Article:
Mansour Almarzoqi, researcher on Saudi politics in Sciences Po de Lyon. Follow him on Twitter @0albogami.

Most analyses of Saudi goals in Yemen miss the most essential element: Saudi Arabia (KSA) built the Arab coalition to intervene in Yemen in order to prevent something from happening, rather than to make something happen. And that is to prevent Yemen from becoming another Iraq, where sovereignty lies in Tehran, not in Baghdad. That caveat must be kept in mind when analyzing the evolution of KSA goals there. Another caveat to keep in mind is that, strategically speaking, the political question is about one word: options. 

Iranian expansionism aims at gaining more options—in Iraq (where it formed 56 militias), in the GCC (where it built the Abdali cell in Kuwait), in Syria (where it sent Afghani, Pakistani, Iraqi, and Lebanese militias to help Bashar al-Assad), in Yemen (where it armed the Houthi militia), and recently across the Arab World as a whole by announcing the formation of a “liberation army.” This expansionism walks on two legs: sectarianism, which is used as a tool to build alliances, and the weakness of central governments, without which Iranian-built militias wouldn’t be effective. These options, the Iranian regime hopes, would ensure its security, advance its interests, and bequeath to it an important seat at the regional table. Hence, when talking about an eventual end of hostilities in Yemen, one question is: is KSA willing to tolerate an Iran-dominated Yemen? The answer is: there is zero tolerance.

So the best outcome of the Yemeni crisis for the Saudi-led Arab coalition is to see the Iranian-backed Houthi militia and Saleh forces withdrawing from state institutions, ending their siege of cities like Taiz, turning in heavy weapons (including ballistic missiles), and agreeing to the formation of a unity government whose composition reflects all components of Yemeni society. Yet, it is clear that this outcome will be very difficult to achieve.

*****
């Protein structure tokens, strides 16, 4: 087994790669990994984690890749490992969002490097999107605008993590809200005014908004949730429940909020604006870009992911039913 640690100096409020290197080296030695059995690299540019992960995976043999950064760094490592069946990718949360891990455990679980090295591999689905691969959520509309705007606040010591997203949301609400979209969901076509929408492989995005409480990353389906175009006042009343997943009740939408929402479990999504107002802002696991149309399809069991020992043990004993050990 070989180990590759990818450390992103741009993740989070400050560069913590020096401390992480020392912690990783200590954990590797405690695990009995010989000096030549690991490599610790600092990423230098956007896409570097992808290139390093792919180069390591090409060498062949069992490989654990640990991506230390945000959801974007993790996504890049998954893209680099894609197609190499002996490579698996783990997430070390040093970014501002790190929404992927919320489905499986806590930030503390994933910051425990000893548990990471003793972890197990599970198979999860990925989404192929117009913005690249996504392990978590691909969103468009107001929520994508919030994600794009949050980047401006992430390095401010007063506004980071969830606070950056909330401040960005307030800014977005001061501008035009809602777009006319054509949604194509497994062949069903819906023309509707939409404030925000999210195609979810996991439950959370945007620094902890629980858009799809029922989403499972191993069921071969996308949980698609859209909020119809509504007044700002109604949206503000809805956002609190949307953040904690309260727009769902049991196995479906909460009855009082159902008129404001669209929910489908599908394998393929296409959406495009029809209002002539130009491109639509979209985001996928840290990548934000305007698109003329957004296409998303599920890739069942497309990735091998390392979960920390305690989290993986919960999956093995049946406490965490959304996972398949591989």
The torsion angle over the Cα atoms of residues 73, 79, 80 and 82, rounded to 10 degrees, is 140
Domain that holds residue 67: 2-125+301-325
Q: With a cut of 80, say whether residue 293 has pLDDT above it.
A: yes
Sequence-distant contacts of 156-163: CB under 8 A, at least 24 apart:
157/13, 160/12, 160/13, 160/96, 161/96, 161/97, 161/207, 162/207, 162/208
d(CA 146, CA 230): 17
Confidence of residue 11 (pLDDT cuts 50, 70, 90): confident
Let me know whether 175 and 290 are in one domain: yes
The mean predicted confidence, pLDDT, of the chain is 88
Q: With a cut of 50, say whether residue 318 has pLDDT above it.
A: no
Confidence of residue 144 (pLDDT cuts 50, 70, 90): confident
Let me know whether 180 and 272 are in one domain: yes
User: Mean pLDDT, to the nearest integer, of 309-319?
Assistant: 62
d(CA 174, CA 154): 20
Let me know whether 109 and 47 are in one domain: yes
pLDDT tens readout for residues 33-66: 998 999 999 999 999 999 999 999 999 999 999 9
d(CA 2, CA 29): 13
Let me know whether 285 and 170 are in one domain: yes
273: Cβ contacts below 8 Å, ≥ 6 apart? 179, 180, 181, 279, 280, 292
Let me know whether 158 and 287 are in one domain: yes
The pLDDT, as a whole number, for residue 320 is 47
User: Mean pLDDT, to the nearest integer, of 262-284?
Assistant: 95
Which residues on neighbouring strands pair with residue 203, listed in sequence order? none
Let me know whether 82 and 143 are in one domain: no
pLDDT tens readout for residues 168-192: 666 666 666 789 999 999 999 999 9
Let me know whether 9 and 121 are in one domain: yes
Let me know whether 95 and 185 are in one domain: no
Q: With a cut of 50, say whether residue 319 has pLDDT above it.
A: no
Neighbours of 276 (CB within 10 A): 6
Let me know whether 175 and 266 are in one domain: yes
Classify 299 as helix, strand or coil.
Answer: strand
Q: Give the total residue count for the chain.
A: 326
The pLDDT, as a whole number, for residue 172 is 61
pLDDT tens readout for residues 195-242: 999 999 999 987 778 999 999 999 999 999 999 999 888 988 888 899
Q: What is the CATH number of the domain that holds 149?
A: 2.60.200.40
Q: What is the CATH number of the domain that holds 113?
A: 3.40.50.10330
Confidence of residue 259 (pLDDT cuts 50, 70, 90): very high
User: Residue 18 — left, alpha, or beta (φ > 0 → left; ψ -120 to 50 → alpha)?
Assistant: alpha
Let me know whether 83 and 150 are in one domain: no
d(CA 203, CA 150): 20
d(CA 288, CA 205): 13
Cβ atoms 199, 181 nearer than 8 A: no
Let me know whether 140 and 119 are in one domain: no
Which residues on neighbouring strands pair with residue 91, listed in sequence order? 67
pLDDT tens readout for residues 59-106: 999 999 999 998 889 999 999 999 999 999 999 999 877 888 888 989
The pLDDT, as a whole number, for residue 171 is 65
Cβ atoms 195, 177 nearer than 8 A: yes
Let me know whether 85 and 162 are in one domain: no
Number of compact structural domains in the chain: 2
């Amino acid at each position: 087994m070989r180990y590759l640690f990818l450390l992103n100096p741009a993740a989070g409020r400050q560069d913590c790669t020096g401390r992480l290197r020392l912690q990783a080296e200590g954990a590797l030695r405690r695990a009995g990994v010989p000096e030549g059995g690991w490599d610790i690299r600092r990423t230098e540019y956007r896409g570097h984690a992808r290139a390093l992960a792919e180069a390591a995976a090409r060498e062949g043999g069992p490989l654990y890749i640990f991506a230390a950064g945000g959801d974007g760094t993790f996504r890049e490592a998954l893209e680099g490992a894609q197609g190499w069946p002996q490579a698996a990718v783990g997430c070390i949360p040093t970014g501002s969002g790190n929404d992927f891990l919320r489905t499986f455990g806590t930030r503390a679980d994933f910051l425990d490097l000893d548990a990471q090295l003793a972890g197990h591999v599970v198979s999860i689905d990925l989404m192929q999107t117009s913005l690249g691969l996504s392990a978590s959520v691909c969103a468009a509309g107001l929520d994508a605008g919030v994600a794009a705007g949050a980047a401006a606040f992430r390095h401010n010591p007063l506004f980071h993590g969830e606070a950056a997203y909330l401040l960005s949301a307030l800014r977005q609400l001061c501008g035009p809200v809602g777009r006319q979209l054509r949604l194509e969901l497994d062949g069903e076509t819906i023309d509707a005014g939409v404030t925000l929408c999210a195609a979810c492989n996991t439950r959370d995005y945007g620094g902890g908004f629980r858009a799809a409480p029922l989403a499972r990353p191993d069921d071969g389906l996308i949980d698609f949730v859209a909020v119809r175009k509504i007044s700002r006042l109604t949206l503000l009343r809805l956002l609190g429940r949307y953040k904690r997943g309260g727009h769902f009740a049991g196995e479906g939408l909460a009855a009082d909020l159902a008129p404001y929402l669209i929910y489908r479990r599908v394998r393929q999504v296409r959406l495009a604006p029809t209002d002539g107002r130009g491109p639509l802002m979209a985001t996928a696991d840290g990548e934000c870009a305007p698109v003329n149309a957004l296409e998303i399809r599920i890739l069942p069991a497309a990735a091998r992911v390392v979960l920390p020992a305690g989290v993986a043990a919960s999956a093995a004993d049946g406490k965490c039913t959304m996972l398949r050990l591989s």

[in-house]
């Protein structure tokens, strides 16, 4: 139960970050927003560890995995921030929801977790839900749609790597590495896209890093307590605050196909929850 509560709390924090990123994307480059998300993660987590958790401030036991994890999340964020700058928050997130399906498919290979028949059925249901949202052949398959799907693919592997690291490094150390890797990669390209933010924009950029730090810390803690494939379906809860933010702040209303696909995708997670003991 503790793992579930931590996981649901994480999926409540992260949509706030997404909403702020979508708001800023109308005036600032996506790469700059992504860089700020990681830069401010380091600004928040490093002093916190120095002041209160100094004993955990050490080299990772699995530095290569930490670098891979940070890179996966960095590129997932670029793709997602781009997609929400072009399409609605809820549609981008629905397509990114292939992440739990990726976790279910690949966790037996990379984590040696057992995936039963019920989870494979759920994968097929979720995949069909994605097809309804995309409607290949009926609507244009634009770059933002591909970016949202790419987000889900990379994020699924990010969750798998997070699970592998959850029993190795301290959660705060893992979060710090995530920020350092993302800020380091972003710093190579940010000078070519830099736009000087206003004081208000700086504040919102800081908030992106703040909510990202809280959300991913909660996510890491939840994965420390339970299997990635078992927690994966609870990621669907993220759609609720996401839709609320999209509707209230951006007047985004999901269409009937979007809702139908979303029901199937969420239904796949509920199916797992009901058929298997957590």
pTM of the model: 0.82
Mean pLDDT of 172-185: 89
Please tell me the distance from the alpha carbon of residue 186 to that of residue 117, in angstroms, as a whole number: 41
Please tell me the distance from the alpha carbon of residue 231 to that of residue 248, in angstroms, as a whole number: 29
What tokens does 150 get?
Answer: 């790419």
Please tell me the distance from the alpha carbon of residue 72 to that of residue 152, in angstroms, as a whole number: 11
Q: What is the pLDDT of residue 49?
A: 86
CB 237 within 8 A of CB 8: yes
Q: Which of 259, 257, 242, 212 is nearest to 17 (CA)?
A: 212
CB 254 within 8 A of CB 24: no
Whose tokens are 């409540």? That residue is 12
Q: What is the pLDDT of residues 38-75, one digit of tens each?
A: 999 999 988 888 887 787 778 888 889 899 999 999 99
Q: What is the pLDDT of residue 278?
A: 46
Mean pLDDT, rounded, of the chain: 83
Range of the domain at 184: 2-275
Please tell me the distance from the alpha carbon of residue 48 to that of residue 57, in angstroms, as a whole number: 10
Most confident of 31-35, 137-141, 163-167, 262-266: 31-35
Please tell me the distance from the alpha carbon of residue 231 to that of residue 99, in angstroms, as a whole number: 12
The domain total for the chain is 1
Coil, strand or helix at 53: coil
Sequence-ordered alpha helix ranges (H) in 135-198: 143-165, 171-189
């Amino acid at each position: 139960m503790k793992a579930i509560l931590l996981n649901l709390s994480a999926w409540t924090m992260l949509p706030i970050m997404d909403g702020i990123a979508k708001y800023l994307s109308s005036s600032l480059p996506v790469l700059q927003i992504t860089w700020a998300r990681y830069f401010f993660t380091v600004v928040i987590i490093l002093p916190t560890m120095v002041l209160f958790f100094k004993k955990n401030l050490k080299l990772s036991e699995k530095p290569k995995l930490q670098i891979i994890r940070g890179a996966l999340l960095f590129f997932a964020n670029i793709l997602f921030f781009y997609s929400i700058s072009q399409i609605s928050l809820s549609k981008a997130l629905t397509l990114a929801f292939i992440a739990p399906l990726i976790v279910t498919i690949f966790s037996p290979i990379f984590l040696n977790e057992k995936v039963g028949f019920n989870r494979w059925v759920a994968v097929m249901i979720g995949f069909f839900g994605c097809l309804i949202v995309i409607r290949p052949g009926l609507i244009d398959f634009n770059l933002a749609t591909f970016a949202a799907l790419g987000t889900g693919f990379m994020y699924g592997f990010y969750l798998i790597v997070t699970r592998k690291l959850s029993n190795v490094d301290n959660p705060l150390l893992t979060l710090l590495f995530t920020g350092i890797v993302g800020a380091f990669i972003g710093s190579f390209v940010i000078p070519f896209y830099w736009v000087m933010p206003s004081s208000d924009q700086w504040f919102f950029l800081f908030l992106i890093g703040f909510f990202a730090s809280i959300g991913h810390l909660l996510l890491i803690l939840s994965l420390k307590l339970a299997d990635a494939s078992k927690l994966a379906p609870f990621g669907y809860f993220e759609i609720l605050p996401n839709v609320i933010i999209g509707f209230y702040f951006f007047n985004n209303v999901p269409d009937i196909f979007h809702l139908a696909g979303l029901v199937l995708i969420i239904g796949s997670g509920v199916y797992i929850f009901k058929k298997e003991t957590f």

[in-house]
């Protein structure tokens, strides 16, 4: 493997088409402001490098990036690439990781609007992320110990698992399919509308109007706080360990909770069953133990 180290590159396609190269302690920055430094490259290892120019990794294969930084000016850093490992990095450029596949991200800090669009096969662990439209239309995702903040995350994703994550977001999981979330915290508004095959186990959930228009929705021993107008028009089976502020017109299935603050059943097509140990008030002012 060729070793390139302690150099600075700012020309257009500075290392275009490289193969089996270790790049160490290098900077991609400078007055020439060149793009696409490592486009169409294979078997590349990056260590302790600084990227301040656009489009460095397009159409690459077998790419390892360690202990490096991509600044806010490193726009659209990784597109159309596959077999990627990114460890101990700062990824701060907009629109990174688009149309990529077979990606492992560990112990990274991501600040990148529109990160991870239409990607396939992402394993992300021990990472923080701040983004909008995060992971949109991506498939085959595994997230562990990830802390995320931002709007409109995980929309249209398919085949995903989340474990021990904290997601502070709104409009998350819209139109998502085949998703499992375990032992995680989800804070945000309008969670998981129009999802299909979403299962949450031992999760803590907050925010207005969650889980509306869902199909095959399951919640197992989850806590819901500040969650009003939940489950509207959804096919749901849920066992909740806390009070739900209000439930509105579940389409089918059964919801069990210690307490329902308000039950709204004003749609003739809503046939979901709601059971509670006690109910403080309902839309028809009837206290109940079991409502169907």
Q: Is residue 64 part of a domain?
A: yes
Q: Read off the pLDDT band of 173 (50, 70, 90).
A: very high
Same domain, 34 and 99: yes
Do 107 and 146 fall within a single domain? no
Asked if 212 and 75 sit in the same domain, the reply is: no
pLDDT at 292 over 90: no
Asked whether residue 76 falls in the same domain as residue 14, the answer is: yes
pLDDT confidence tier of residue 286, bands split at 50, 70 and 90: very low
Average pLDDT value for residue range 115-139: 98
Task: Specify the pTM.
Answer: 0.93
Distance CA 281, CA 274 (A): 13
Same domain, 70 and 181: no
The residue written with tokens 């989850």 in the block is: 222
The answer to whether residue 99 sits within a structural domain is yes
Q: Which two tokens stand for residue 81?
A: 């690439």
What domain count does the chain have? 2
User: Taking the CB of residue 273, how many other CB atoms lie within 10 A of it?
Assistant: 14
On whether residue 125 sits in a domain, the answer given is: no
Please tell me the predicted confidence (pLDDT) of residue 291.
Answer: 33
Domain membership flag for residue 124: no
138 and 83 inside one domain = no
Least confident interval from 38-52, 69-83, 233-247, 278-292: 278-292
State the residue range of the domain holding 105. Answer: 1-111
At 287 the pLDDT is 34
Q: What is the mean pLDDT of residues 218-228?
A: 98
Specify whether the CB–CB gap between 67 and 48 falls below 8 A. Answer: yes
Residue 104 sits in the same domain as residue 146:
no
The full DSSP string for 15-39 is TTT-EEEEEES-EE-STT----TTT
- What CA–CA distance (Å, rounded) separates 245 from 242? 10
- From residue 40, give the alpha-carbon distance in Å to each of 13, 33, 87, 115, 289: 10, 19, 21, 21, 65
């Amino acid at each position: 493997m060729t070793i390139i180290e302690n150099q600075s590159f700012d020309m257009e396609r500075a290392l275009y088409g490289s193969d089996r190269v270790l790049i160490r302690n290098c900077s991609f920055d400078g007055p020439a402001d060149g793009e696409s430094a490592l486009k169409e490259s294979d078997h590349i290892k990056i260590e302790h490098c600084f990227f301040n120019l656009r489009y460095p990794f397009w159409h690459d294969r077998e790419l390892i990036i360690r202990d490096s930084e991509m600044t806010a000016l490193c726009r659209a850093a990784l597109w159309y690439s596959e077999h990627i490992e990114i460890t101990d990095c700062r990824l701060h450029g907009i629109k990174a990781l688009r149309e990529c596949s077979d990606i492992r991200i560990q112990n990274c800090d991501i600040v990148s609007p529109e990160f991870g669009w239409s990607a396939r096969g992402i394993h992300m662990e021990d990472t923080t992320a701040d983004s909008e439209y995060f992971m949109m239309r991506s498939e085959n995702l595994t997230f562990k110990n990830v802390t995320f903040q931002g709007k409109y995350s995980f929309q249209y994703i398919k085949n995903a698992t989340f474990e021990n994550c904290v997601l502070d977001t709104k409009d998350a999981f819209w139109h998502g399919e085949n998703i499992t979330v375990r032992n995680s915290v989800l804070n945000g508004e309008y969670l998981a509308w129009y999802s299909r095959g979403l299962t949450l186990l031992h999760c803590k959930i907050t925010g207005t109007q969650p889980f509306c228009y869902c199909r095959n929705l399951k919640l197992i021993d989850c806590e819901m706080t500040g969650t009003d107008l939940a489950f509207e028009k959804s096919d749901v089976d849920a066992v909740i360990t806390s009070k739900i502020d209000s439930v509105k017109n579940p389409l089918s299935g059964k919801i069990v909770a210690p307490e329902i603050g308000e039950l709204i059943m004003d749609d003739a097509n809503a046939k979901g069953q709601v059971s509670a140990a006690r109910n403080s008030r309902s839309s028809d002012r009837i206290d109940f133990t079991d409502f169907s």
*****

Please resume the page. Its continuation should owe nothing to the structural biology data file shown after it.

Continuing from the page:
Now, in a situation where there is Iranian expansionism, where there is zero tolerance for an Iran-dominated Yemen, and where the best outcome for the Arab coalition is difficult to achieve, how does KSA see the evolution of the crisis? 

First, there is enough indication that KSA won’t accept returning to the situation that existed before March 2015, namely a political scene dominated by the Iran-backed Houthi-Saleh alliance. Second, KSA believes it can influence regional and international actors. After all, KSA did change the U.S. position regarding intervention in Yemen from a total objection to a fluctuating and reserved support. Being pragmatic, KSA managed to find a common ground with Russia, which got them the backing to push through UNSC resolution 2216 (imposing an arms embargo on the Houthis) in April 2015, whereupon it replaced Operation Decisive Storm with Operation Restoring Hope. Third, the Yemeni crisis is part of a regional scene, where there is a strategic vacuum created by the emerging non-polar global order and the U.S. pivot to Asia. Internally, the change of nature and structure of power resulted in the emergence of the fourth Saudi state. Seeing an existential threat, Riyadh stepped up to be the first line of defense for its security, whatever it takes. Consequently, continuing the efforts to restore the legitimate Yemeni government of Abed Rabbo Mansour Hadi seems to be the most likely position for KSA, despite the cost.

Riyadh has achieved several strategic goals. It prevented Yemen from becoming another Iraq, with 80 percent of Yemen now liberated. It demonstrated its capacity to take initiatives. It demonstrated its capacity to put an end to Iranian support for militias, a message to Iran-backed militias. And it demonstrated its capacity to build and manage a large-scale military operation, a message to Iran itself.